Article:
Manhattan of the Middle East: Shibam, Yemen

Think skyscrapers and you’ll no doubt imagine shimmering towers of glass and steel, reaching ever closer to the heavens, whilst slowly turning most cities into a homogenised equaliser of stickle-bricks. But it’s always been this way, hasn’t it? At least, it has been for the residents of Shibam, a Yemeni town of about 7,000 people rising out of the arid Arabian desert.

At first glance you’d be forgiven for thinking Shibam was some Brooklyn suburb, but look closer and you’ll find cracks, paintjobs and plasterwork that mark its mud-brick buildings out as the oldest of their type in the world. The city itself is thought to date from the 2nd century AD, but most of its high-risers shot up in the 16th century. Its closely-wedged toybox appearance owes more to its enemies than efficient planning: the tortoise-shell design prevented attacks from Bedouin tribes. The closest the ancient world gets to modern cityscapes are arguably the great Roman cities, like Rome itself, Constantinople and Leptis Magna. The pyramids of Giza are as close as Egypt ever got.

YEMEN - Shibam

Over 500 of the city’s buildings reach between five and 11 stories, top 100ft (30m) in height, and are so tightly packed that no traffic can pass through: thus strangely the world’s first skyscraper city is also one of its cleanest. However it does suffer more pitfalls than your average urban sprawl. Floods and rain ravage its infrastructure on a weekly basis, with the city’s inhabitants well-versed in efficient running repairs. The most recent deluge came in 2008, when foundations were swept away and buildings fell apart.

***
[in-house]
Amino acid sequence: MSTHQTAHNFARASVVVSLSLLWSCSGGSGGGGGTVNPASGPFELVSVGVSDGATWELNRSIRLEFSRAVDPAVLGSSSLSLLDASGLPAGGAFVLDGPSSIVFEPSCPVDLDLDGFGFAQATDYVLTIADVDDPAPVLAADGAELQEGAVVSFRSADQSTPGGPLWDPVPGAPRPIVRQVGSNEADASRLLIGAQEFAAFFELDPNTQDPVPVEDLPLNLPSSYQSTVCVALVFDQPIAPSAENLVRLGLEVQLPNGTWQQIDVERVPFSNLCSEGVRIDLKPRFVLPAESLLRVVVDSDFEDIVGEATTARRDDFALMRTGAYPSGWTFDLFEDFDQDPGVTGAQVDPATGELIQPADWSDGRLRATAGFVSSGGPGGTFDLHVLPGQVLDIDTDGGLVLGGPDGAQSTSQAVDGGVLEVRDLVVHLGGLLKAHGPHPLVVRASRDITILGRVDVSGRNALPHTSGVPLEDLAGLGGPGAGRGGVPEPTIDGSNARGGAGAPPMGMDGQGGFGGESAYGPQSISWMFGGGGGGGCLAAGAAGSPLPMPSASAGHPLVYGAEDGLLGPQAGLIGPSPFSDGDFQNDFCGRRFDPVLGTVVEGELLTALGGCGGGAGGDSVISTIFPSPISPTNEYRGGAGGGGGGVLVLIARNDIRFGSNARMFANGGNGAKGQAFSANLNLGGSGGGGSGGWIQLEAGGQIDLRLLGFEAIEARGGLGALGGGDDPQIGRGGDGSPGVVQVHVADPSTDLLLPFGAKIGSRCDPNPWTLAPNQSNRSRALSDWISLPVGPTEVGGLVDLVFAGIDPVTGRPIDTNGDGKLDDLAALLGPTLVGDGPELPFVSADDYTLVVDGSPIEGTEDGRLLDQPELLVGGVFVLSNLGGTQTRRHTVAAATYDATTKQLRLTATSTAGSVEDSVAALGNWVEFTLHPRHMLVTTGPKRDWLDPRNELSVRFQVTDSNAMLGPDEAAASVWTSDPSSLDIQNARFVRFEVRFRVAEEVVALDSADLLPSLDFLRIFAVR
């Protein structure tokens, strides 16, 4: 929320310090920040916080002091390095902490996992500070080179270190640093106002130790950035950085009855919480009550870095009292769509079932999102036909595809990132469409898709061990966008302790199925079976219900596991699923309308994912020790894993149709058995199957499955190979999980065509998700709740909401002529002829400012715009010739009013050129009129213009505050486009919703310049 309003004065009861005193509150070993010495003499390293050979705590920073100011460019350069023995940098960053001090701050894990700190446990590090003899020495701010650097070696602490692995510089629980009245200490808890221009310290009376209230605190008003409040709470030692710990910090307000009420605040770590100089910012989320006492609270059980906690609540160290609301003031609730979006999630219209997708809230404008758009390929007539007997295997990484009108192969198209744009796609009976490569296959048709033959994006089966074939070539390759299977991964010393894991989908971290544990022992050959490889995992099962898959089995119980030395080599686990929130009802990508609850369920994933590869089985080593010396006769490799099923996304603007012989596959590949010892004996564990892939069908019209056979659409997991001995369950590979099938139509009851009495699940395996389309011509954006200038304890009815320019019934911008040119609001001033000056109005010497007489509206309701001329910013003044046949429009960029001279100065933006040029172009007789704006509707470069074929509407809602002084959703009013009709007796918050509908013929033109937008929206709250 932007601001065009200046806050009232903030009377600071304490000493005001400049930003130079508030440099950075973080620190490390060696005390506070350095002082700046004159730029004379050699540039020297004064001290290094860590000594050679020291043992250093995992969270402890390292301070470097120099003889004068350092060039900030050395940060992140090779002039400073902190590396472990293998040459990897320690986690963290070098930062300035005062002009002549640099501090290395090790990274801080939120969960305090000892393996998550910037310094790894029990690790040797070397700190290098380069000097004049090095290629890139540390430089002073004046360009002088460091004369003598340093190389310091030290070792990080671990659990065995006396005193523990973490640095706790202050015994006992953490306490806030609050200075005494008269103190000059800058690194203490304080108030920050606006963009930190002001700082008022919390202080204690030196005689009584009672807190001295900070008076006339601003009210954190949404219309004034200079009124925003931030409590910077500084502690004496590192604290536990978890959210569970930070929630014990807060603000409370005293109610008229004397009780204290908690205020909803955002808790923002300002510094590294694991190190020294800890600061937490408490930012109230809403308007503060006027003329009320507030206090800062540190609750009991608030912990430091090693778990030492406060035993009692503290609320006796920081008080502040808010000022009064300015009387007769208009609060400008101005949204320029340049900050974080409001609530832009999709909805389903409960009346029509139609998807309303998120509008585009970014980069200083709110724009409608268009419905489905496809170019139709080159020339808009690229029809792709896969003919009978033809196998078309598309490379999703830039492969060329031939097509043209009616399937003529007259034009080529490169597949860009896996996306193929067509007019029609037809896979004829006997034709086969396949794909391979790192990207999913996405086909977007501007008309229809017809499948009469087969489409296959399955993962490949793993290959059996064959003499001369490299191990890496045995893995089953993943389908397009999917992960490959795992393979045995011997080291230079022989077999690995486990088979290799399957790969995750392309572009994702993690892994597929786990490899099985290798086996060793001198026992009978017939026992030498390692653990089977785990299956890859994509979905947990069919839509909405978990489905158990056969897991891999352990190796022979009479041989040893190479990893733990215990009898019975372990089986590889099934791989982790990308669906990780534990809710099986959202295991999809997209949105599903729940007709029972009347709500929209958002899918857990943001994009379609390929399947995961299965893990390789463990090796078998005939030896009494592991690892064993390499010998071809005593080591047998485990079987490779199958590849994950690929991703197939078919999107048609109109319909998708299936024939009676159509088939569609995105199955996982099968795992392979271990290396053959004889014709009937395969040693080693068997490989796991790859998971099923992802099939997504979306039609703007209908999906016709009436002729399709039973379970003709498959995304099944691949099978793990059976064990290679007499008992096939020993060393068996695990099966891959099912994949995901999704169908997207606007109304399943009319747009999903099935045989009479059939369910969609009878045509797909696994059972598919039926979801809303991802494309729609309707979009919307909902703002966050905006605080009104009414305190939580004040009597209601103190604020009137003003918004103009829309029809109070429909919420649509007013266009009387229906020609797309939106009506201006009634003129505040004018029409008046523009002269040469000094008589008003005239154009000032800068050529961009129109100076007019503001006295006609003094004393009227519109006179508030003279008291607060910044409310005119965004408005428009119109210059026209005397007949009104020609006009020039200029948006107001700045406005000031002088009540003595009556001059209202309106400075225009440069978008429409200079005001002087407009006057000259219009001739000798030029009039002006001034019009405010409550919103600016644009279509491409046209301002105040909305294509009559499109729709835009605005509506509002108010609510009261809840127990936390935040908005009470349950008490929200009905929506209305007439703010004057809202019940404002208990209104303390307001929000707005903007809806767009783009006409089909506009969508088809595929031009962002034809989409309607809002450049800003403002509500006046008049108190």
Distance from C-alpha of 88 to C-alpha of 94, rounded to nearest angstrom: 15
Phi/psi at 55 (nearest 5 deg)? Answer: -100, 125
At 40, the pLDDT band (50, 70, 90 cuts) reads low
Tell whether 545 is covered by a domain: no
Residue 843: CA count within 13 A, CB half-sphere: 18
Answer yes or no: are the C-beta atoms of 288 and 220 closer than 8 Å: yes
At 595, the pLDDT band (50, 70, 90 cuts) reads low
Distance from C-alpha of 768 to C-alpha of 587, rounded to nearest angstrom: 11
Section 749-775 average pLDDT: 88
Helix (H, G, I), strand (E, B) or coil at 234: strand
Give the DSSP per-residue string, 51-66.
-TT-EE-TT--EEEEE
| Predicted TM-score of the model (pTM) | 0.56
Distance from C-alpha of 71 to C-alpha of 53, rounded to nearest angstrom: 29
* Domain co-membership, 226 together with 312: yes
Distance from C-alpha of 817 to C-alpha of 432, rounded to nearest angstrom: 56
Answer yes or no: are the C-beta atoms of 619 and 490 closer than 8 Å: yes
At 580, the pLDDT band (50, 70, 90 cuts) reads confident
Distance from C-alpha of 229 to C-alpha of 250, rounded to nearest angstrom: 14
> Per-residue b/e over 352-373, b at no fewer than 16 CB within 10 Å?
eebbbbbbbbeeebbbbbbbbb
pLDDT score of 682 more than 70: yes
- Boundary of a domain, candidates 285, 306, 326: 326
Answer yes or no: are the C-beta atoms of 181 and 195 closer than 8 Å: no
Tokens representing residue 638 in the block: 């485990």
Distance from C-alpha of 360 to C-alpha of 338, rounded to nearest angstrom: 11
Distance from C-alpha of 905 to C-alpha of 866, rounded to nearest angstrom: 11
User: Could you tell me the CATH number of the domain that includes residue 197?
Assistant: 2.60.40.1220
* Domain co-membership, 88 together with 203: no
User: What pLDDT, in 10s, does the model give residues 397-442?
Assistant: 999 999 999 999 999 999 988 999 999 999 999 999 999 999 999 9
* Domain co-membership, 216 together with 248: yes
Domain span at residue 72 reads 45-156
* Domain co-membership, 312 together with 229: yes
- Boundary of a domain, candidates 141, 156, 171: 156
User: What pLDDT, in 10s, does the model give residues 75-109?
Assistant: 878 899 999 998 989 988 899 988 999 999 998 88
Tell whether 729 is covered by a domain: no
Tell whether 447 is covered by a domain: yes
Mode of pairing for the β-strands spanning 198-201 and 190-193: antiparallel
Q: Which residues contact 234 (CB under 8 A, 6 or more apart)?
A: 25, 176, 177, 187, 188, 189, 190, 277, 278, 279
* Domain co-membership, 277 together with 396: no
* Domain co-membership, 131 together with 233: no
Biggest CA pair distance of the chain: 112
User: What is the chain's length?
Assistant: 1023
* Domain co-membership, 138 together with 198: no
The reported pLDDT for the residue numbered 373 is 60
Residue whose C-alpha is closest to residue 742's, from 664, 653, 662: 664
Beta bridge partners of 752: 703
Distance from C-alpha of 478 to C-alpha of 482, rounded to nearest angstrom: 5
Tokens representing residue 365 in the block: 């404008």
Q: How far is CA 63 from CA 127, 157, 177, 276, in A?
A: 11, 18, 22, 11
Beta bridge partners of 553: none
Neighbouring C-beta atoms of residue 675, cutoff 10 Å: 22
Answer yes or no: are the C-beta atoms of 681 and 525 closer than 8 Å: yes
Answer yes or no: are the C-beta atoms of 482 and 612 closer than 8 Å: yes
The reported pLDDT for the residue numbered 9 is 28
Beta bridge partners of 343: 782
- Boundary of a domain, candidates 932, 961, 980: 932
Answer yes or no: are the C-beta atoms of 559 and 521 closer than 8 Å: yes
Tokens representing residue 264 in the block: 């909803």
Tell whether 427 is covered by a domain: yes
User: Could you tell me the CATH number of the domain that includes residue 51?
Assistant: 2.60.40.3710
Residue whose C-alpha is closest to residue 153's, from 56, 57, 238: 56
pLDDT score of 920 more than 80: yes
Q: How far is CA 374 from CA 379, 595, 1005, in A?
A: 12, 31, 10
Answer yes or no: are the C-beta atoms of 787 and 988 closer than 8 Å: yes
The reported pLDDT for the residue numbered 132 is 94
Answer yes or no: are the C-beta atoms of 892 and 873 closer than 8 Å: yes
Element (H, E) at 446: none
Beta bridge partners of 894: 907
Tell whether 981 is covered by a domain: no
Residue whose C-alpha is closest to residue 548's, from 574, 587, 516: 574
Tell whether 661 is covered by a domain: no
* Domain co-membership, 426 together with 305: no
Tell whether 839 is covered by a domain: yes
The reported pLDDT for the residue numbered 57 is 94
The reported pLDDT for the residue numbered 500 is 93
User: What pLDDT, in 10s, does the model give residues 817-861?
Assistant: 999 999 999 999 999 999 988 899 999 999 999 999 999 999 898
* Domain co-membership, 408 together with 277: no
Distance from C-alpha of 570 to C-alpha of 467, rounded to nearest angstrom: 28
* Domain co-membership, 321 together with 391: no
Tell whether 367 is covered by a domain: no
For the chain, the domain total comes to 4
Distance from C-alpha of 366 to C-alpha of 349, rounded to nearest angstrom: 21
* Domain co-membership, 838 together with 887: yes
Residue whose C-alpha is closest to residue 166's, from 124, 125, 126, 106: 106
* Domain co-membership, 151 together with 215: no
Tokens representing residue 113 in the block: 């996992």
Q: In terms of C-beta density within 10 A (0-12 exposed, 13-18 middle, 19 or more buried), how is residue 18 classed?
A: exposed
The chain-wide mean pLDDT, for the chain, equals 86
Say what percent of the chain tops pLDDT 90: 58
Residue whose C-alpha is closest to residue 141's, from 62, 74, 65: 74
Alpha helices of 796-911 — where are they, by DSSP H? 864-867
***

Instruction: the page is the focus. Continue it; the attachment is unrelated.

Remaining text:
A more sinister threat engulfed the city earlier this year, when it was the focus for a deadly al-Quaeda attack which left four South Korean tourists dead and many more injured. Add to that the constant threat of abandonment as residents seek easier lives elsewhere, and it’s a wonder Shibam is still standing. But it is. And with a spot on the UNESCO world heritage list, here’s hoping Shibam can continue breaking boundaries, long after today’s bloody tribes have bitten the dust.

Image sources from Wikimedia Commons – Manhattan, New York City and Shibam Wadi Hadhramaut, Yemen.